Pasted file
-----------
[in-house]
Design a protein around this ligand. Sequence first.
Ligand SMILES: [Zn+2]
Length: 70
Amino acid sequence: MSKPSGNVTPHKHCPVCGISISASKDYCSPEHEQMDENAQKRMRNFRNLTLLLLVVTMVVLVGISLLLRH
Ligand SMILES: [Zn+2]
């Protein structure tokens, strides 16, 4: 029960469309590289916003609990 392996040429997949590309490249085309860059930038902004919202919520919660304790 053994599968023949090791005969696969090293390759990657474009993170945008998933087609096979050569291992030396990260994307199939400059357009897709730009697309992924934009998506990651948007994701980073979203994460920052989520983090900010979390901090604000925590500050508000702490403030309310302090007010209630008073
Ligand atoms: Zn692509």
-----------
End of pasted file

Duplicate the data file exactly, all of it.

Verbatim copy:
[in-house]
Design a protein around this ligand. Sequence first.
Ligand SMILES: [Zn+2]
Length: 70
Amino acid sequence: MSKPSGNVTPHKHCPVCGISISASKDYCSPEHEQMDENAQKRMRNFRNLTLLLLVVTMVVLVGISLLLRH
Ligand SMILES: [Zn+2]
């Protein structure tokens, strides 16, 4: 029960469309590289916003609990 392996040429997949590309490249085309860059930038902004919202919520919660304790 053994599968023949090791005969696969090293390759990657474009993170945008998933087609096979050569291992030396990260994307199939400059357009897709730009697309992924934009998506990651948007994701980073979203994460920052989520983090900010979390901090604000925590500050508000702490403030309310302090007010209630008073
Ligand atoms: Zn692509």